It’s always wise to run testing on a program before initially releasing it. You would otherwise be risking a low quality program that’s riddled with bugs and which operates on limited functionality. QA automation can help turn a piece of software that’s unpolished into something your users will love.
In this article, we take a look at some different types of testing, implementation techniques, and things to keep in mind as you test.
What is QA?
QA, or quality assurance, is the part of the testing process that helps to ensure that the best possible product or service is delivered to end users. In the programming sense, we want to release a streamlined product with zero bugs. QA practices offer tools that help teams achieve the required level of software reliability.
Quality assurance, however, does not only include product testing. While testing is an important part of it, QA focuses on improving the overall software development process. Adding checks and balances into the software development process will reduce future errors and make the process more efficient. As a result, the end product should naturally see fewer bugs on release.
The QA process is quickly becoming a standard part of development workflows and should be considered in any new software project.
Manual QA vs QA Automation
When planning out QA for your software, you should be aware of the differences between manual QA and QA Automation (QAA).
A manual testing process is a common starting place for an existing program. It’s not only used when there isn’t any automated testing, however. No matter how efficient automated software may have become, there are instances where manual quality assurance is still the better option.
For instance, when it comes to user interface testing, having actual users on hand to test a program will offer you a lot more information than a computer can. Human testers can share their thoughts concerning layout and ease of use. A computer, on the other hand, isn’t able to collect qualitative information. A test automation framework would simply perform the step-by-step commands laid out in the test and provide no subjective information about the user experience.
Exploratory testing is another area that’s hard to replicate with an automated test. You will want your QA colleagues to test the app in whatever way they choose, in order to uncover bugs that you might otherwise not think to look for. There's no easy way to program an automated test to run similar random scenarios.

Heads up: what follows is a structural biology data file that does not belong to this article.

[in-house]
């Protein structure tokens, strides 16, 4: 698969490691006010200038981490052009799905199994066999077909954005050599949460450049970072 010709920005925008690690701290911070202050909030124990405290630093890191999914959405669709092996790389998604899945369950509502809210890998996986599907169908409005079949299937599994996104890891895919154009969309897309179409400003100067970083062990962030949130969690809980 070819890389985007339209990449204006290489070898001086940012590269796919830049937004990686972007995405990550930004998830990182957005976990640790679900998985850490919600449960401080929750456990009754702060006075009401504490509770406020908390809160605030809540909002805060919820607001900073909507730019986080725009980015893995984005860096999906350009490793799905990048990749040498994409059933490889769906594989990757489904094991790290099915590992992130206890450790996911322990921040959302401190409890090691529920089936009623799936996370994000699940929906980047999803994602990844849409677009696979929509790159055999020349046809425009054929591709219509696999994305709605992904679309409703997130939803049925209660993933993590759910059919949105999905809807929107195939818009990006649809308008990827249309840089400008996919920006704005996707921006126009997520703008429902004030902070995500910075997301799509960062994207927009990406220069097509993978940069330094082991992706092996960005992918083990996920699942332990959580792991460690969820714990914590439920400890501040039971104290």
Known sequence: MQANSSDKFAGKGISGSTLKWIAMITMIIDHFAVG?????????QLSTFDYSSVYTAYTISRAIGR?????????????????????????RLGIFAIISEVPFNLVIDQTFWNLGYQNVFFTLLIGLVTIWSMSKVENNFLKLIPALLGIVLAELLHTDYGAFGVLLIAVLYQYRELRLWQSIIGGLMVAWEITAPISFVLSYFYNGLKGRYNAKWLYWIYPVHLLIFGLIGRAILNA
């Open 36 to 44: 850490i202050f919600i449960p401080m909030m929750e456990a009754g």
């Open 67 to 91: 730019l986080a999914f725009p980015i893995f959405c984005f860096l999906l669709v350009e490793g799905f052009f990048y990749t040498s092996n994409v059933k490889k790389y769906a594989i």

QA Automation (QAA)
On the other hand, automated quality assurance relies on a dedicated program to perform tests on your software. QAA requires a testing tool or framework that is used to orchestrate and track all the testing scenarios.
Each test must be written step-by-step based on the process and results you’re looking for. Once test scripts are written (or adapted from existing manual testing scripts), you'll link up the framework to your software to perform those tests. The framework will run each test as written and report back errors as they are found.
Why is QAA important?
QAA can help get your program out the quickly, with as few errors as possible.
One of the biggest perks of automated QA testing is that it can be used to run many tests at a much faster rate than manual testing. QAA testing can also repeat tests with ease and, in turn, offer more data through repetition. As an added benefit, this type of testing also automates a lot of the tedious and repetitive tasks that you might otherwise need to perform.
Whilst repeated manual testing can introduce user error, automated tests are typically more accurate. Improved accuracy means better results, which increases confidence in the quality of your software. All this leads to deliver a more robust product, that your users will love, and you'll have no fear in improving over time.
While setting up a test plan for QAA, you'll want to consider whether you want to conduct frontend, backend, or mobile automation.
As the name implies, frontend automation testing is all about what the end-user sees when using your app. Also known as the presentation layer, frontend automation tests the graphical user interface (GUI) and how a user might interpret it.